The government has announced plans to privatise Channel 4, which currently consists of 12 channels including C4, E4, Film4, and streaming service, All 4.
Channel Four Television Corporation was set up by an Act of Parliament. It is a publicly owned not-for-profit corporation and does not have any shareholders. The broadcaster’s board is appointed by Ofcom, in agreement with the Secretary of State for Digital, Culture, Media and Sport.
As a publisher-broadcaster, and contrary to popular belief, Channel 4 does not actually produce its own programmes but commissions them from more than 300 independent production companies across the UK every year.
In a changing media landscape, the government say that “TV advertising revenues are declining, and programme budgets are rising” (BBC), therefore C4 is being held back from contending with streaming giants such as Netflix, Amazon, and Disney+. Ministers want to sell C4 to a private company to compete with these services.
According to the BBC, following a public consultation on the future of C4, Culture Secretary Nadine Dorries released a statement on the decision to privatise the channel:
“Channel 4 rightly holds a cherished place in British life and I want that to remain the case. I have come to the conclusion that government ownership is holding Channel 4 back from competing against streaming giants like Netflix and Amazon. A change of ownership will give Channel 4 the tools and freedom to flourish and thrive as a public service broadcaster long into the future.”
Streaming giants to launch ad-funded model
Netflix and Disney+ are set to launch ad-funded options to reduce the cost of subscription in a battle to turn around the recent decline in growth. Amazon Prime are also currently recruiting heavily for their Streaming Advertising team, which is an indication of things to come.
What could the impact be?
The independent producers who create programming for the channel can profit when content is sold to streaming services or broadcasters around the world, as BBC and ITV studios do currently. A privatised channel could make more money from those rights – and make more programmes.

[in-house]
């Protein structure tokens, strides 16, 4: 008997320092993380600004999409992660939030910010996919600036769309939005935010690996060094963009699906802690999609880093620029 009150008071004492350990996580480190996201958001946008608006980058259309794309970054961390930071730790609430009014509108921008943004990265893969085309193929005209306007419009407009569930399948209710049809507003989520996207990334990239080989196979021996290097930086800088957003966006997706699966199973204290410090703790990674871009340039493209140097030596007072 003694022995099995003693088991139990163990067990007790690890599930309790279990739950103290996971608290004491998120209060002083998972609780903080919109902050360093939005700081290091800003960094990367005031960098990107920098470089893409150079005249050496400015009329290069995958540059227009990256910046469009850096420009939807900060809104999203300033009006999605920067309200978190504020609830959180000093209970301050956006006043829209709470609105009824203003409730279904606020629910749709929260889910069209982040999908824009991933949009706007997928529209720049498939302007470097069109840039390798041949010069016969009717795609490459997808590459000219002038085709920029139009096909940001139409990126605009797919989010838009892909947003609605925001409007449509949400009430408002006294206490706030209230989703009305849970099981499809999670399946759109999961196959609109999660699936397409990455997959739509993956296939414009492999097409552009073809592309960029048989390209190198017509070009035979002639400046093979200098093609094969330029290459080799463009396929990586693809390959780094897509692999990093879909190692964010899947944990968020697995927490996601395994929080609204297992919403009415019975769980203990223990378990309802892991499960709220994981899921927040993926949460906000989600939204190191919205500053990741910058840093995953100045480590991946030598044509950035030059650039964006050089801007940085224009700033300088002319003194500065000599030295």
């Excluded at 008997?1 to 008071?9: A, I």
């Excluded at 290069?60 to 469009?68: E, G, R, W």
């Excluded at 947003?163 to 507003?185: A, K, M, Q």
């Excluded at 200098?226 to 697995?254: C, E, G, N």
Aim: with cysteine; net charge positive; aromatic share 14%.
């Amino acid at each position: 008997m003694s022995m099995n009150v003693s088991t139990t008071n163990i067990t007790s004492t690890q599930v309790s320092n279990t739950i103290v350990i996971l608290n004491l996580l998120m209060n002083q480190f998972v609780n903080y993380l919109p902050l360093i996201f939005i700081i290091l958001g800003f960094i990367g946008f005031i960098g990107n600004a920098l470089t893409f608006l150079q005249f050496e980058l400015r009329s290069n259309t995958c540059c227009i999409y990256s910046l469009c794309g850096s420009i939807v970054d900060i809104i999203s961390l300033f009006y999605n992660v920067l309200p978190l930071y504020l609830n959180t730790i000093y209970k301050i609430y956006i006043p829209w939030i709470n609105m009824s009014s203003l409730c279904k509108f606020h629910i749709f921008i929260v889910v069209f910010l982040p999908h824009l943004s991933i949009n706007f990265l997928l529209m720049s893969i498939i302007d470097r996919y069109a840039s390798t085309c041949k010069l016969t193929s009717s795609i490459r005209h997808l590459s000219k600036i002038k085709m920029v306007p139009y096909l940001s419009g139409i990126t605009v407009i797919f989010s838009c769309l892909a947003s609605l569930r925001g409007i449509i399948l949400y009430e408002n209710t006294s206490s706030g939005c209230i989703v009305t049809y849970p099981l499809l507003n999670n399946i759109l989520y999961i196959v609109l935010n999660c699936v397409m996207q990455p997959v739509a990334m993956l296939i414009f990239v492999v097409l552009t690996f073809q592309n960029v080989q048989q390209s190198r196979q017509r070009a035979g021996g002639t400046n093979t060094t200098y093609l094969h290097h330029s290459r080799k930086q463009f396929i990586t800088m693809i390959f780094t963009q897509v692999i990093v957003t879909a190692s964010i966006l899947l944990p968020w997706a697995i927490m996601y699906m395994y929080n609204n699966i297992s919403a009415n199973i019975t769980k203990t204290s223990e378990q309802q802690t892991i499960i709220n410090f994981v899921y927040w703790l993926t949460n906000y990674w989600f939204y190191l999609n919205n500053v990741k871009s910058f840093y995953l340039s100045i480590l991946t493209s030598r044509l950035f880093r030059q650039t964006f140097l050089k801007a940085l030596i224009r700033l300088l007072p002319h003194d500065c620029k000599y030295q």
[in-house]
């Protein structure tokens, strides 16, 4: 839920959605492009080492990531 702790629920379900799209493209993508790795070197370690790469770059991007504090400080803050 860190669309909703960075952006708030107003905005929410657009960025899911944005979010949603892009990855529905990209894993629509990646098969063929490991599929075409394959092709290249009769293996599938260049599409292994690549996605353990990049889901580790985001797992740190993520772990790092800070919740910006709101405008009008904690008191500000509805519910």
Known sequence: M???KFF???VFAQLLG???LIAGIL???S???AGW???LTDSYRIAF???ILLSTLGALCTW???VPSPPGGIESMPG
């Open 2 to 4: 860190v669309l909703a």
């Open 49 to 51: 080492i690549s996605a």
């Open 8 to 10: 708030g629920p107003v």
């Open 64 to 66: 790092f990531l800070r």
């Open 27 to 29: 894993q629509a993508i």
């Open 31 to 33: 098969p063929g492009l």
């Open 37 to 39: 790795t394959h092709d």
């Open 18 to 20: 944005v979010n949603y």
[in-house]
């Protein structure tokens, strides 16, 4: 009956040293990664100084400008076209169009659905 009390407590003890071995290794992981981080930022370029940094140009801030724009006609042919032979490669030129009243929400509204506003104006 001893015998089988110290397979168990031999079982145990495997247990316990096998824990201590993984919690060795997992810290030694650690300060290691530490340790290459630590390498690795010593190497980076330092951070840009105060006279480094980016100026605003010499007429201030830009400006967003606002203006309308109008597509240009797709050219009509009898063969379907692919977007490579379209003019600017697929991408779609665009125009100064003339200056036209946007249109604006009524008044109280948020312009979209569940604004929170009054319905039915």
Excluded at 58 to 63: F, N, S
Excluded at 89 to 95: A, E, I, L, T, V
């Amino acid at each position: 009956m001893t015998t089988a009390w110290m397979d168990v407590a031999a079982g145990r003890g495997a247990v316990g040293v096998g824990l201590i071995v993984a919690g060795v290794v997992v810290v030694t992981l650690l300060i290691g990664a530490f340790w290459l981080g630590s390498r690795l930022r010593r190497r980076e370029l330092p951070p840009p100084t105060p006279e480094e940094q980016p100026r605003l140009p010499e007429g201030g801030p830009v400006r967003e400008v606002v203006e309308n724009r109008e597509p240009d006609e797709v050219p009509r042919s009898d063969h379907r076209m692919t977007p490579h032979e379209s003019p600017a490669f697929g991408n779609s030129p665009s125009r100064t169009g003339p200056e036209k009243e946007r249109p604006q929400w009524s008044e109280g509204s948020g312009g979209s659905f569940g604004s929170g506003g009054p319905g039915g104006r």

According to the government:
“A new owner could bring access and benefits, including access to capital, strategic partnerships, and to the international markets. Private investment would mean more content and more jobs.”
However, as C4 is funded by its own commercial activities (with the majority of this coming from advertisers) it has been able to commission all valued public service programming from independent producers.
The channels’ content investments have funded some of the UK’s most iconic and often bold programming, including Big Brother, Skins and It’s a Sin.
The broadcasting industry has already expressed concern that some of C4’s less commercial outputs, including drama, news, and current affairs, could suffer due to privatisation. Critics argue that the quality of Channel 4’s programmes would be lost from a sell-off.
Could a private owner provide the same diverse programming whilst maintaining its economic and cultural contribution to the UK?
And what about advertisers?
The fear that C4’s current ‘bold and brave’ scheduling may be cut could result in the channels’ impacts and TVRs being affected. When competing with streaming giants, not only is there a risk that C4 will lose its identity, but it may begin to overlook audiences who tune in to watch C4’s valued public service broadcasting.
All Response Media viewpoints
“One concern for advertisers would be if ITV or Sky were to buy the channel, it would exacerbate the growing disconnect between SOCI (Share of Commercial Impacts) and the more data-driven methods we use to assess TV effectiveness. Whilst buying Channel 4 might give ITV or Sky more “share”, it should not be the pre-determining factor for trading discussions, which is all too often where the broadcasters want to head.”
Director of Trading
“If Google or Facebook were to get their hands on C4 it could be incredibly interesting. With broadcasters increasingly looking to move all broadcast to streaming within the next 5 years, a partnership with one of the big boys of digital media could jolt the entire market.
Sky Glass is a first step towards fully streamed TV (live and on demand) which is likely to be rolled out to enable them to sell programmatically rather than in the traditional way.
C4 is behind the curve on this but could quickly catch up with the backing of Google or Facebook. This could fast track the evolution away from linear into a fully streamed TV market, and also open up Google or Facebook TVs, much in the way that Chromebooks have begun to eat into the laptop market.”
Director of Planning
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